If you ask the church that I’ve spent most of my life in what their mission is they have a ready answer: preaching the gospel and preparing a people. I can’t speak for your churches, but I imagine many (perhaps even most) of them would also point to some version of what we call The Great Commission as their mission statement.
Jesus came to them and spoke to them, saying, “All authority has been given to me in heaven and on earth. Go, and make disciples of all nations, baptizing them in the name of the Father and of the Son and of the Holy Spirit, teaching them to observe all things that I commanded you. Behold, I am with you always, even to the end of the age. (Matt. 28:18-20, WEB)
Is this a commission? yes, it’s “an instruction, command, or duty given to … group of people.” Is it great? since it came from Jesus and involves a responsibility given His disciples, yes. But is it really meant as the defining mission statement for the entire church from Jesus’ resurrection to His return? I’m not so sure.
A Sobering Warning
The religious leaders of Jesus’ day were the group He spent the most time criticizing and correcting. They professed to follow God’s highest standards but were in reality hypocrites. They did righteous looking things just to get attention (Matt. 23:5). They went to great lengths to convert people only to pervert their faith (Matt. 23:15). They placed too high an emphasis on money received as tithes and offerings (Matt. 23:16-19). They neglected the “weighty matters” of God’s law and instead followed their own traditions. They even turned the temple itself into a marketplace where they exploited people coming to worship God (John 2:14-16).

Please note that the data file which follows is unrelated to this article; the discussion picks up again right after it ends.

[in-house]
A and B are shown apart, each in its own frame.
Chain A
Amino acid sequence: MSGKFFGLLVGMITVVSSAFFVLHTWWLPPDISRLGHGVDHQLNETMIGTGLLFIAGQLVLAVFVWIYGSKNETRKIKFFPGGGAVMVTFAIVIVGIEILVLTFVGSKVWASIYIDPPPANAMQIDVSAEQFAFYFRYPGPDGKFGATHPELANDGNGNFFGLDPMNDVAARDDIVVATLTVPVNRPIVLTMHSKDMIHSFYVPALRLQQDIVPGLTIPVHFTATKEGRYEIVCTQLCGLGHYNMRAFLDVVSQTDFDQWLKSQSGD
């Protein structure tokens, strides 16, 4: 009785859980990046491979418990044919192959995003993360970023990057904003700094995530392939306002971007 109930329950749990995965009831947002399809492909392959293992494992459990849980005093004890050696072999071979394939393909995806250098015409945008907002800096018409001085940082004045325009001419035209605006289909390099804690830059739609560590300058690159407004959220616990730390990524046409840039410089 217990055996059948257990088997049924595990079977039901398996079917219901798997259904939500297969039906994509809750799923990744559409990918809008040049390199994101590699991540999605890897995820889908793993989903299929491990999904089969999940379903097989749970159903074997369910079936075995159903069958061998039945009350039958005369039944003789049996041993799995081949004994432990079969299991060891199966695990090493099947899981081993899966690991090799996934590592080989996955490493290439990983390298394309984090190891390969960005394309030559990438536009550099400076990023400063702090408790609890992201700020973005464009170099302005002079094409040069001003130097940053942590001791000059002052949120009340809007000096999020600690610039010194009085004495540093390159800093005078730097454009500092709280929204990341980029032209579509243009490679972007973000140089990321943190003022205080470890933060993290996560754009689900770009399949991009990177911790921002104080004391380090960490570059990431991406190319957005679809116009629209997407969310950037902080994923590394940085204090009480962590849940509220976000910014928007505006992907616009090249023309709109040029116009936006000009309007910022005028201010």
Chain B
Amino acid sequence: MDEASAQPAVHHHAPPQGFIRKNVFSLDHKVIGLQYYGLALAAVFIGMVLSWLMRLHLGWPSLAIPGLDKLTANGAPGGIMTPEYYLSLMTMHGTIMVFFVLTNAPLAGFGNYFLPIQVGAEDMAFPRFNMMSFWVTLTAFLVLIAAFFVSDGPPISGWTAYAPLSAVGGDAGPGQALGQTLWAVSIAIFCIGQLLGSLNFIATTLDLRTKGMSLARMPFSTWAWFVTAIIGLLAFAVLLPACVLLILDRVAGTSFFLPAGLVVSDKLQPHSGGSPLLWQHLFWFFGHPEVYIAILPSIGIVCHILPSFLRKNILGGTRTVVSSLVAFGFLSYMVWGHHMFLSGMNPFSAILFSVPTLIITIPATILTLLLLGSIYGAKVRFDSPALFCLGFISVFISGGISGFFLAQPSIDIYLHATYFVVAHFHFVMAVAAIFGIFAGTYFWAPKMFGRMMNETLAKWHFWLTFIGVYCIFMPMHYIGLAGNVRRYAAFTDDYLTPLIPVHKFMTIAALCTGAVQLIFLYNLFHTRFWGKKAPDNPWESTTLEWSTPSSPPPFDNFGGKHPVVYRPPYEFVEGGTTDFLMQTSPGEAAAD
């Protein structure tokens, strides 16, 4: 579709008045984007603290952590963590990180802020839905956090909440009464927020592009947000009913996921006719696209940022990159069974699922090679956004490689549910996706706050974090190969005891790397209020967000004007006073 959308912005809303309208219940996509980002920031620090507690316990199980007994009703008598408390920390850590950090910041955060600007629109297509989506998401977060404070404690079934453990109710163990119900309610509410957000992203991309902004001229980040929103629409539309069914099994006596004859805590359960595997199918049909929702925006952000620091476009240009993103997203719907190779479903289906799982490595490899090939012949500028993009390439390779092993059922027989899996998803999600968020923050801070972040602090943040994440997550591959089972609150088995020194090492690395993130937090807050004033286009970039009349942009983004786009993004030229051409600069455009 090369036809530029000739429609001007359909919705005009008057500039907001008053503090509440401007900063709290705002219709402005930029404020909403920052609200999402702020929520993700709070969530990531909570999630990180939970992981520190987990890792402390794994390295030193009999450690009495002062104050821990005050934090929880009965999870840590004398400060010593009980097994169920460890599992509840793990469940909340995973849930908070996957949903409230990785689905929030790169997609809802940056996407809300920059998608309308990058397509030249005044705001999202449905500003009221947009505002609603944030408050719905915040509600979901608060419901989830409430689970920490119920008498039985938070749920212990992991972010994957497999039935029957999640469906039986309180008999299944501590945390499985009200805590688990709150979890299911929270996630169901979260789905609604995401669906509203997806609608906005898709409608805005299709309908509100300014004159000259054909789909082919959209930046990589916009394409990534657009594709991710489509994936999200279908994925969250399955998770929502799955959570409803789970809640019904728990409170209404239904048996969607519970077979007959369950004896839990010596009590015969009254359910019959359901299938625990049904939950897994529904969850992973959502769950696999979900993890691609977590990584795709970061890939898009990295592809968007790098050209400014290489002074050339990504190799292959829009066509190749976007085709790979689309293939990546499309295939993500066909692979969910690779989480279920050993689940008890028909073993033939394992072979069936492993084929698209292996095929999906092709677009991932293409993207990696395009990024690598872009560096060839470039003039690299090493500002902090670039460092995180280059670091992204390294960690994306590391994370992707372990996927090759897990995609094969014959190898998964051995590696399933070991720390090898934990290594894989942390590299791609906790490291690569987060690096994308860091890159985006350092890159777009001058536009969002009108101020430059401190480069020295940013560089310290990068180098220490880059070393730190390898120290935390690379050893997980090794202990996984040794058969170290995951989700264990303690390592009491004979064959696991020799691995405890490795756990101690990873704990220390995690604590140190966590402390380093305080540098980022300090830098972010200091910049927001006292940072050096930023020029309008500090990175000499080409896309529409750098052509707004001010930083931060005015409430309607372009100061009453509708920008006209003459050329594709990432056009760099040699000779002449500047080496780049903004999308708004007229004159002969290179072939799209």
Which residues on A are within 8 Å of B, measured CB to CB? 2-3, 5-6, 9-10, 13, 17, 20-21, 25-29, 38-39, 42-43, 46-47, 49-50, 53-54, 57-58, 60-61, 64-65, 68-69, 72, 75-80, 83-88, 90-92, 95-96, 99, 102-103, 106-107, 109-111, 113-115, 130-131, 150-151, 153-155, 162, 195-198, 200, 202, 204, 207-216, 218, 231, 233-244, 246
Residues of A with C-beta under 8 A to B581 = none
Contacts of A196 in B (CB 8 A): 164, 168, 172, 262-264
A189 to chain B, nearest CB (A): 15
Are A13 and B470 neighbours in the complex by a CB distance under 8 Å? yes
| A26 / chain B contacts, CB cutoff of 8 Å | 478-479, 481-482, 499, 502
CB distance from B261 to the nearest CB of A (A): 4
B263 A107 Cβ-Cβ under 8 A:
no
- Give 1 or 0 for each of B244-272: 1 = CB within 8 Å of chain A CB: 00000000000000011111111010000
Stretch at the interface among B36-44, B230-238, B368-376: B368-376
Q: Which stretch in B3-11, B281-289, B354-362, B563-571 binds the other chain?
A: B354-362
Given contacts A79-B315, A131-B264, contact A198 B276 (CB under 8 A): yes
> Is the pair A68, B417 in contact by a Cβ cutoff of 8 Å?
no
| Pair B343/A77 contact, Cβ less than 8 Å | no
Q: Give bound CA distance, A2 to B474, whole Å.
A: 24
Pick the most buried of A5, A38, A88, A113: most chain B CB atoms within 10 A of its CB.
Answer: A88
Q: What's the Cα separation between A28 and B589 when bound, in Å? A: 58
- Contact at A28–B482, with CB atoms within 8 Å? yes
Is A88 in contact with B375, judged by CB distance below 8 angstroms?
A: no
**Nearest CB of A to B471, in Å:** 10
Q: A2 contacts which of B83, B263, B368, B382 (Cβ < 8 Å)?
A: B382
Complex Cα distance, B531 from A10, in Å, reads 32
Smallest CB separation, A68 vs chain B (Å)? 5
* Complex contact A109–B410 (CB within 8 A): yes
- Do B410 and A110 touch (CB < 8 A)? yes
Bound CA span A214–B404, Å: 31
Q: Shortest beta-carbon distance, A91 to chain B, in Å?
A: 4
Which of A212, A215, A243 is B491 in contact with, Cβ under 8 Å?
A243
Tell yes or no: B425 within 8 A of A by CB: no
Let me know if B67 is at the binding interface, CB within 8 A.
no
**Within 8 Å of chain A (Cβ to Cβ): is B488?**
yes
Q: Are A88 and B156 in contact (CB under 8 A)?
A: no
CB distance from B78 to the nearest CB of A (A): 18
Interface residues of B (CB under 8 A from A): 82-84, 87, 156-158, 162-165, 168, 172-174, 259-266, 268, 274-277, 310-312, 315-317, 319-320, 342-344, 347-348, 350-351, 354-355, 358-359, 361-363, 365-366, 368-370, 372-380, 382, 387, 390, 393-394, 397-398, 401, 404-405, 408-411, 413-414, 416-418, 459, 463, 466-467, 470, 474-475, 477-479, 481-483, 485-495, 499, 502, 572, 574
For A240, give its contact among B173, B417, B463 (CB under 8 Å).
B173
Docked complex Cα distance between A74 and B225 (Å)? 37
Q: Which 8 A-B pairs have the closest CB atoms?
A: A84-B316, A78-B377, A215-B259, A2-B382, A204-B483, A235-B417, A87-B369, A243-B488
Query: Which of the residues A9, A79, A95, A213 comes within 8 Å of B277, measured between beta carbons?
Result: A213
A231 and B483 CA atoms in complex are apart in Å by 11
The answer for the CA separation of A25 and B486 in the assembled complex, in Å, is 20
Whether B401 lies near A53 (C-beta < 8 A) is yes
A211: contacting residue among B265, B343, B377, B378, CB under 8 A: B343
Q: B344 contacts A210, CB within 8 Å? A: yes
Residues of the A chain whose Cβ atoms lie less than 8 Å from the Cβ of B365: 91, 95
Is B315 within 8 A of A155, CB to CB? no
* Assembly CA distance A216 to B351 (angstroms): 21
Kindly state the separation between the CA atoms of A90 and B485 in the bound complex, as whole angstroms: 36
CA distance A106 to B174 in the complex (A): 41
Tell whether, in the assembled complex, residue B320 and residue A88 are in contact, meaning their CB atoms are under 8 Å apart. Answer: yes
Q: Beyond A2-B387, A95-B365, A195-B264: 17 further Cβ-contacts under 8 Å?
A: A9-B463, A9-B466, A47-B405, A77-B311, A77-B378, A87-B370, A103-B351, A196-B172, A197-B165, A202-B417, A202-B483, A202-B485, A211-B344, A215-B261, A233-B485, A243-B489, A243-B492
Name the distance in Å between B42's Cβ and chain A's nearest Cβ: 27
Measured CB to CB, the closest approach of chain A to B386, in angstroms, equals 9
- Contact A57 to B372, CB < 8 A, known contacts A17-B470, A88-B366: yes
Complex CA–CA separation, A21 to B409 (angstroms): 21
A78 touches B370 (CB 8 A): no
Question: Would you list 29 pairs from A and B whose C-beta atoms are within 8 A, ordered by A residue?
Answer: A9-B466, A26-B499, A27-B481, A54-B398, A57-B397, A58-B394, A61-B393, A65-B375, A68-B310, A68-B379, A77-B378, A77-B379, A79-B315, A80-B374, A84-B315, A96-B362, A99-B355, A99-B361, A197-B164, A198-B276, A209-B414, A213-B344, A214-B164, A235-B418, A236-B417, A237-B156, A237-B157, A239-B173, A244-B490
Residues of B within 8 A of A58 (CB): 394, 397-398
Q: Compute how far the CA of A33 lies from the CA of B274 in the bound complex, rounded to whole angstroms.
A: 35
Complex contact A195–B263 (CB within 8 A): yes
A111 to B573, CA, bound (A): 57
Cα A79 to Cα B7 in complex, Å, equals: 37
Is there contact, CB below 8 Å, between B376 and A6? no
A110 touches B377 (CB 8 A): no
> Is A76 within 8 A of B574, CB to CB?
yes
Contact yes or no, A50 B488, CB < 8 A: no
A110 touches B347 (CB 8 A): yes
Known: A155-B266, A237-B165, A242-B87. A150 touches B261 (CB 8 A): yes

The scary thing is, these people honestly thought they were the most righteous God-followers out there. That serves as a warning today that church leaders and organizations have to be very careful where they place their focus. And so do we as individual members of Christ’s body.
A Greater “Commission”
We certainly shouldn’t ignore Christ’s instruction to go, disciple, baptize, and teach. But we need to make sure we’re thinking of that command from Matthew 28 in its proper context. Because there are two other commissions that Jesus plainly told us are His greatest commands. Continue reading